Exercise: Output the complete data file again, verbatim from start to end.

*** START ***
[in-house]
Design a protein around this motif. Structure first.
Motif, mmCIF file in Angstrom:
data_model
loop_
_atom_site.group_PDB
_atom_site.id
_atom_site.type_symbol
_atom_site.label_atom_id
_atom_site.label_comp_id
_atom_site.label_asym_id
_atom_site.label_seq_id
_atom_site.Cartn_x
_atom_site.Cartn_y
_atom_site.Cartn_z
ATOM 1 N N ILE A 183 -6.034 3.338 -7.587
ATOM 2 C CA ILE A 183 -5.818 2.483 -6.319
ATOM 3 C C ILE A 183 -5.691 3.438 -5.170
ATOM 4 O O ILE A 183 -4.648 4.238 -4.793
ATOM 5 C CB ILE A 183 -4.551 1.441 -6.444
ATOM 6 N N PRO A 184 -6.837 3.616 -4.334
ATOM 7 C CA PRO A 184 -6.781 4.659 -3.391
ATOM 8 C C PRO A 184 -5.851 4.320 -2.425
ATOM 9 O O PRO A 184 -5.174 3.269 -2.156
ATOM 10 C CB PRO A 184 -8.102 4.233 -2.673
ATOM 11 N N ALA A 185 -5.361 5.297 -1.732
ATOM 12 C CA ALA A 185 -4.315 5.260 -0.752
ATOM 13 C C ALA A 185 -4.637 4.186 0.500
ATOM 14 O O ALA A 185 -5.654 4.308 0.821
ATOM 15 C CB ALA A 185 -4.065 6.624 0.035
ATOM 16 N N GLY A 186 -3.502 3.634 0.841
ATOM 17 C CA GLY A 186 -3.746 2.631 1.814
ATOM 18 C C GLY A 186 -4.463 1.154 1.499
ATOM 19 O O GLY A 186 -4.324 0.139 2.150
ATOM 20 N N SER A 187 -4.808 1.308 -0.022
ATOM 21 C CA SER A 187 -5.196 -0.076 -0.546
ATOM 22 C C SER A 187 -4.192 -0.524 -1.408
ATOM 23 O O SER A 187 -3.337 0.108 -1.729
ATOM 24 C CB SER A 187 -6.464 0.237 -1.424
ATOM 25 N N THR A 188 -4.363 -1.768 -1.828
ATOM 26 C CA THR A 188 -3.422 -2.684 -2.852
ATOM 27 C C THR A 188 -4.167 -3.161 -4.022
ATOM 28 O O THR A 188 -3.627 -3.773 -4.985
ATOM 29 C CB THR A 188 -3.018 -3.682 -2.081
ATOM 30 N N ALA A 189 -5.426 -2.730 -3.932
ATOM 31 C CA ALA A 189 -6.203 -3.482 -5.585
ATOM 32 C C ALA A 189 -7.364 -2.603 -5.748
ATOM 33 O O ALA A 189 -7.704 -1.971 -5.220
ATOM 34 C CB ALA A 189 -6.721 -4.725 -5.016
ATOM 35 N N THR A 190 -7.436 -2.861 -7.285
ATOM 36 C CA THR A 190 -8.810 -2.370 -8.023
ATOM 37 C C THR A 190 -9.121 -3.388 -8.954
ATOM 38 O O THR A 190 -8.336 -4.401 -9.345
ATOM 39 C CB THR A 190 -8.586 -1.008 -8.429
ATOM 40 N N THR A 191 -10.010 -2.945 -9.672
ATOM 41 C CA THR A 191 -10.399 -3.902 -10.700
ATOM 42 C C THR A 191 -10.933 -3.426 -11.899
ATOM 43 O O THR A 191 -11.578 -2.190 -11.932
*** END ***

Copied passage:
[in-house]
Design a protein around this motif. Structure first.
Motif, mmCIF file in Angstrom:
data_model
loop_
_atom_site.group_PDB
_atom_site.id
_atom_site.type_symbol
_atom_site.label_atom_id
_atom_site.label_comp_id
_atom_site.label_asym_id
_atom_site.label_seq_id
_atom_site.Cartn_x
_atom_site.Cartn_y
_atom_site.Cartn_z
ATOM 1 N N ILE A 183 -6.034 3.338 -7.587
ATOM 2 C CA ILE A 183 -5.818 2.483 -6.319
ATOM 3 C C ILE A 183 -5.691 3.438 -5.170
ATOM 4 O O ILE A 183 -4.648 4.238 -4.793
ATOM 5 C CB ILE A 183 -4.551 1.441 -6.444
ATOM 6 N N PRO A 184 -6.837 3.616 -4.334
ATOM 7 C CA PRO A 184 -6.781 4.659 -3.391
ATOM 8 C C PRO A 184 -5.851 4.320 -2.425
ATOM 9 O O PRO A 184 -5.174 3.269 -2.156
ATOM 10 C CB PRO A 184 -8.102 4.233 -2.673
ATOM 11 N N ALA A 185 -5.361 5.297 -1.732
ATOM 12 C CA ALA A 185 -4.315 5.260 -0.752
ATOM 13 C C ALA A 185 -4.637 4.186 0.500
ATOM 14 O O ALA A 185 -5.654 4.308 0.821
ATOM 15 C CB ALA A 185 -4.065 6.624 0.035
ATOM 16 N N GLY A 186 -3.502 3.634 0.841
ATOM 17 C CA GLY A 186 -3.746 2.631 1.814
ATOM 18 C C GLY A 186 -4.463 1.154 1.499
ATOM 19 O O GLY A 186 -4.324 0.139 2.150
ATOM 20 N N SER A 187 -4.808 1.308 -0.022
ATOM 21 C CA SER A 187 -5.196 -0.076 -0.546
ATOM 22 C C SER A 187 -4.192 -0.524 -1.408
ATOM 23 O O SER A 187 -3.337 0.108 -1.729
ATOM 24 C CB SER A 187 -6.464 0.237 -1.424
ATOM 25 N N THR A 188 -4.363 -1.768 -1.828
ATOM 26 C CA THR A 188 -3.422 -2.684 -2.852
ATOM 27 C C THR A 188 -4.167 -3.161 -4.022
ATOM 28 O O THR A 188 -3.627 -3.773 -4.985
ATOM 29 C CB THR A 188 -3.018 -3.682 -2.081
ATOM 30 N N ALA A 189 -5.426 -2.730 -3.932
ATOM 31 C CA ALA A 189 -6.203 -3.482 -5.585
ATOM 32 C C ALA A 189 -7.364 -2.603 -5.748
ATOM 33 O O ALA A 189 -7.704 -1.971 -5.220
ATOM 34 C CB ALA A 189 -6.721 -4.725 -5.016
ATOM 35 N N THR A 190 -7.436 -2.861 -7.285
ATOM 36 C CA THR A 190 -8.810 -2.370 -8.023
ATOM 37 C C THR A 190 -9.121 -3.388 -8.954
ATOM 38 O O THR A 190 -8.336 -4.401 -9.345
ATOM 39 C CB THR A 190 -8.586 -1.008 -8.429
ATOM 40 N N THR A 191 -10.010 -2.945 -9.672
ATOM 41 C CA THR A 191 -10.399 -3.902 -10.700
ATOM 42 C C THR A 191 -10.933 -3.426 -11.899
ATOM 43 O O THR A 191 -11.578 -2.190 -11.932